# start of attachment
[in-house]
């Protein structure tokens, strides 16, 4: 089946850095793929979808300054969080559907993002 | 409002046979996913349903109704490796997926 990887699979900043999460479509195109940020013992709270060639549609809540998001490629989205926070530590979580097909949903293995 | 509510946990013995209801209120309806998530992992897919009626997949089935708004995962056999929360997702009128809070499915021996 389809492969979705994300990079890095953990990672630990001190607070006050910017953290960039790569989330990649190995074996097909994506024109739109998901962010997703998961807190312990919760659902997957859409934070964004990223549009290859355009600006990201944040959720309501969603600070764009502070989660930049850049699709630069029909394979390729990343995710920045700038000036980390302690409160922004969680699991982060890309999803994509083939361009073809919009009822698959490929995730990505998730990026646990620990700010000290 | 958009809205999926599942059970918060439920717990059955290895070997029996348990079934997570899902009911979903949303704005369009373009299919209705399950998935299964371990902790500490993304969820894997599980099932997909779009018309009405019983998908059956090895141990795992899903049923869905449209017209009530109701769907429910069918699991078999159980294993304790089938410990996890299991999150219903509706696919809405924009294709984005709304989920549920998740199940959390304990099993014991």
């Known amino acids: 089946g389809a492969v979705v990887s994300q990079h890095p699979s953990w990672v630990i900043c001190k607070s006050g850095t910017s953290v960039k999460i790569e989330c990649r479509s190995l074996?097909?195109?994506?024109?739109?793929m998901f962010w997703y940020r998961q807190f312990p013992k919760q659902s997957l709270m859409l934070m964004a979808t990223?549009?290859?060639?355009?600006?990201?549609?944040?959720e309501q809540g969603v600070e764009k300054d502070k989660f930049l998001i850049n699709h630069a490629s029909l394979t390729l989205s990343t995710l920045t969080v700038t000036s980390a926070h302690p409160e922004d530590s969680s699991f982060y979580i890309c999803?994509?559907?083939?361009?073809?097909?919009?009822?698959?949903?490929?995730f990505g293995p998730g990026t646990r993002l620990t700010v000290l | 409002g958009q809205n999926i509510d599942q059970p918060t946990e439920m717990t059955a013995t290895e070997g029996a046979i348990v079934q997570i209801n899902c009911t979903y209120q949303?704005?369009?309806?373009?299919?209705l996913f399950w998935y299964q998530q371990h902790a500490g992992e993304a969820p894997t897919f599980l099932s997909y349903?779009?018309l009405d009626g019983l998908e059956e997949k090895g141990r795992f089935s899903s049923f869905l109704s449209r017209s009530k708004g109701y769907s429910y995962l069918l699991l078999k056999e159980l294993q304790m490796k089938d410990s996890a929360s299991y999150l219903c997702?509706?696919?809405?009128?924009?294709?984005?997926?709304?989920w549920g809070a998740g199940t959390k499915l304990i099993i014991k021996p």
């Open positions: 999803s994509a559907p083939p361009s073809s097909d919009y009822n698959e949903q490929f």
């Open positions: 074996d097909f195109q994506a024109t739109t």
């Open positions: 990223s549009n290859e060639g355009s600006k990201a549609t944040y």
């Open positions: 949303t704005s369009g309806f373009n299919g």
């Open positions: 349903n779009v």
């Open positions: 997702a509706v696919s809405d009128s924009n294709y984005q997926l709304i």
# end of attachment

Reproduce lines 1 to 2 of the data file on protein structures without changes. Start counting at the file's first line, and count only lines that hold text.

[in-house]
């Protein structure tokens, strides 16, 4: 089946850095793929979808300054969080559907993002 | 409002046979996913349903109704490796997926 990887699979900043999460479509195109940020013992709270060639549609809540998001490629989205926070530590979580097909949903293995 | 509510946990013995209801209120309806998530992992897919009626997949089935708004995962056999929360997702009128809070499915021996 389809492969979705994300990079890095953990990672630990001190607070006050910017953290960039790569989330990649190995074996097909994506024109739109998901962010997703998961807190312990919760659902997957859409934070964004990223549009290859355009600006990201944040959720309501969603600070764009502070989660930049850049699709630069029909394979390729990343995710920045700038000036980390302690409160922004969680699991982060890309999803994509083939361009073809919009009822698959490929995730990505998730990026646990620990700010000290 | 958009809205999926599942059970918060439920717990059955290895070997029996348990079934997570899902009911979903949303704005369009373009299919209705399950998935299964371990902790500490993304969820894997599980099932997909779009018309009405019983998908059956090895141990795992899903049923869905449209017209009530109701769907429910069918699991078999159980294993304790089938410990996890299991999150219903509706696919809405924009294709984005709304989920549920998740199940959390304990099993014991």